- Historic Sites
“shut The Goddam Plant!”
The great sit-down strike that transformed American industry
April/may 1982 | Volume 33, Issue 3
The population in Fisher One and Fisher Two varied widely during the six-week strike. Local 156 set up outside picket lines as an aid to maintaining traffic into and out of the plants, which enabled sit-downers to take leave and visit friends and families. The number of men in Fisher One varied from a high of something over one thousand to a low of ninety, in Fisher Two from upwards of four hundred and fifty to as few as seventeen. The problem for the Fisher Two strike leaders was the large number of married men in their ranks; concern for the welfare of families eroded their staying power as the strike dragged on. Fisher One had a higher percentage of single men of the “hard, reckless type” (in the words of a New York Times reporter) and who were better able to endure the strike’s pressures. Population fluctuated as hopes for a settlement waxed and waned, and when the number of sit-downers fell dangerously low, the UAW called on militant locals from Detroit and Toledo for reinforcements. The arrival of one such group moved Bud Simons to remark, “I have never seen a bunch of guys that were so ready for blood in my life.”
On the whole, however, the sitdowners maintained a remarkably strong sense of community. In a letter to his wife, one of them wrote, “I could of came out wen they went on strike But hunny I just thought I join the union and I look pretty yellow if I dident stick with them. …” A growing self-esteem strengthened the workers’ commitment. As labor historian Sidney Fine writes, they were “transformed from badge numbers and easily replaceable cogs in an impersonal industrial machine into heroes of American labor.” A striker remembered that “it started out kinda ugly because the guys were afraid they put their foot in it and all they was gonna do is lose their jobs. But as time went on, they begin to realize they could win this darn thing, ‘cause we had a lot of outside people comin’ in showin’ their sympathy.”
Meanwhile, on the outside, Bob Travis and Roy Reuther set up strike headquarters in the Pengelly Building, a down-at-the-heels firetrap in downtown Flint. The place was a beehive, with strikers and volunteer helpers cranking out publicity releases, raising money, mobilizing support, planning strategy. The most immediate problem was food. Dorothy Kraus, wife of the Flint Auto Worker editor Henry Kraus, directed a strike kitchen set up in a restaurant near Fisher One that was turned over to the union by its owner. Meals were prepared there three times a day and delivered to the plants in large kettles under heavy union guard. (The menus were the work of Max Gazan, former chef of the Detroit Athletic Club, a favorite haunt of the GM Establishment.) Food stocks were purchased or donated by sympathizers or by Flint merchants pressured to do so by the threat of boycott. As many as two hundred people took part in running the strike kitchen, many of them sitdowners’ wives. Wives also formed a Women’s Auxiliary and a Women’s Emergency Brigade. Kraus’s newspaper and the mimeographed Punch Press , put out by student volunteers from the University of Michigan, kept the men informed. Cars equipped with loudspeakers allowed instant communication with the sit-downers, and outside picket lines lent moral support.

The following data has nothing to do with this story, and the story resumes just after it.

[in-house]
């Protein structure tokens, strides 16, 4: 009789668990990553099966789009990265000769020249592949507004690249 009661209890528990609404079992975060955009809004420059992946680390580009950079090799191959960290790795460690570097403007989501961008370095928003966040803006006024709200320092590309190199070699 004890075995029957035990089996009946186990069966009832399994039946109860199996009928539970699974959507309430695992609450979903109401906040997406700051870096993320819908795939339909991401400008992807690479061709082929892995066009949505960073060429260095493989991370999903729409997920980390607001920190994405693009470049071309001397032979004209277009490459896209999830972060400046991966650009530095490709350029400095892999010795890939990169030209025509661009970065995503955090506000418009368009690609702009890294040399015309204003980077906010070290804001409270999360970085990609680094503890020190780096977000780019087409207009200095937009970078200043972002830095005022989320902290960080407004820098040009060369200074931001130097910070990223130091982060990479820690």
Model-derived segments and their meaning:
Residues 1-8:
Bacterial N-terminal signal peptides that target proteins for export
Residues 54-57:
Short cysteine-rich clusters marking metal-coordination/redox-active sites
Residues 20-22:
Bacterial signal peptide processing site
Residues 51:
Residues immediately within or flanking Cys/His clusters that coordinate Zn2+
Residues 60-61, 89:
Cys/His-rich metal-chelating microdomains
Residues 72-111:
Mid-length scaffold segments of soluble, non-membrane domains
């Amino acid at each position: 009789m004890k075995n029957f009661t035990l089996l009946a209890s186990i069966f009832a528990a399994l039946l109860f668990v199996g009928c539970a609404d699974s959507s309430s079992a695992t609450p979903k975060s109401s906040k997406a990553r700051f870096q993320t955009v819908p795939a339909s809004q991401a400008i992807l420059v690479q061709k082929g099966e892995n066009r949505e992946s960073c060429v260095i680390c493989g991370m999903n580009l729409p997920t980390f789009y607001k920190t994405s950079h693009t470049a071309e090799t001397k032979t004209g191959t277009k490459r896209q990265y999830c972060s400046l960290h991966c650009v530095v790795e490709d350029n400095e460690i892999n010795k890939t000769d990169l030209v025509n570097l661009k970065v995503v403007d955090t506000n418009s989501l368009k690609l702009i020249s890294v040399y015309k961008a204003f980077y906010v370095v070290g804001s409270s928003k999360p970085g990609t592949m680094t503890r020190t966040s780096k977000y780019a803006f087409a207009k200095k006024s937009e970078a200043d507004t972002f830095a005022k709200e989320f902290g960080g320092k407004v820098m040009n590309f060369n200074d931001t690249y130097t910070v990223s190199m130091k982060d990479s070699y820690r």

Despite its espionage network, General Motors was caught flat-footed by the sit-down tactic. At first management tried harassment by sporadically cutting back heat and light to the two plants, but it was feared that any serious attempt to starve out or freeze out the strikers would result in violence—and they were right. Groping for a policy to deal with the crisis, the company discovered that nothing in the Michigan statute books forbade the peaceful occupation of a company’s property by its employees. Nor were the trespass laws much help: since the workers had entered the plants at management’s “invitation,” trespass presented a legal thicket. Nevertheless, GM quickly turned to the courts, petitioning on January 2, 1937, for an injunction to “restrain” the strikers from occupying Fisher One and Fisher Two. County Circuit Court Judge Edward D. Black, an eighty-three-year-old lifelong resident of Flint, granted it the same day.
To its subsequent great embarrassment, the corporation in its haste had failed to do its homework on Judge Black. On January 5 the UAW called a press conference to charge that in issuing the injunction Black was guilty of “unethical conduct,” for he owned 3,665 shares of GM stock with a market value of almost $220,000. In the ensuing uproar, the Black injunction became a dead letter.
Round One to the UAW.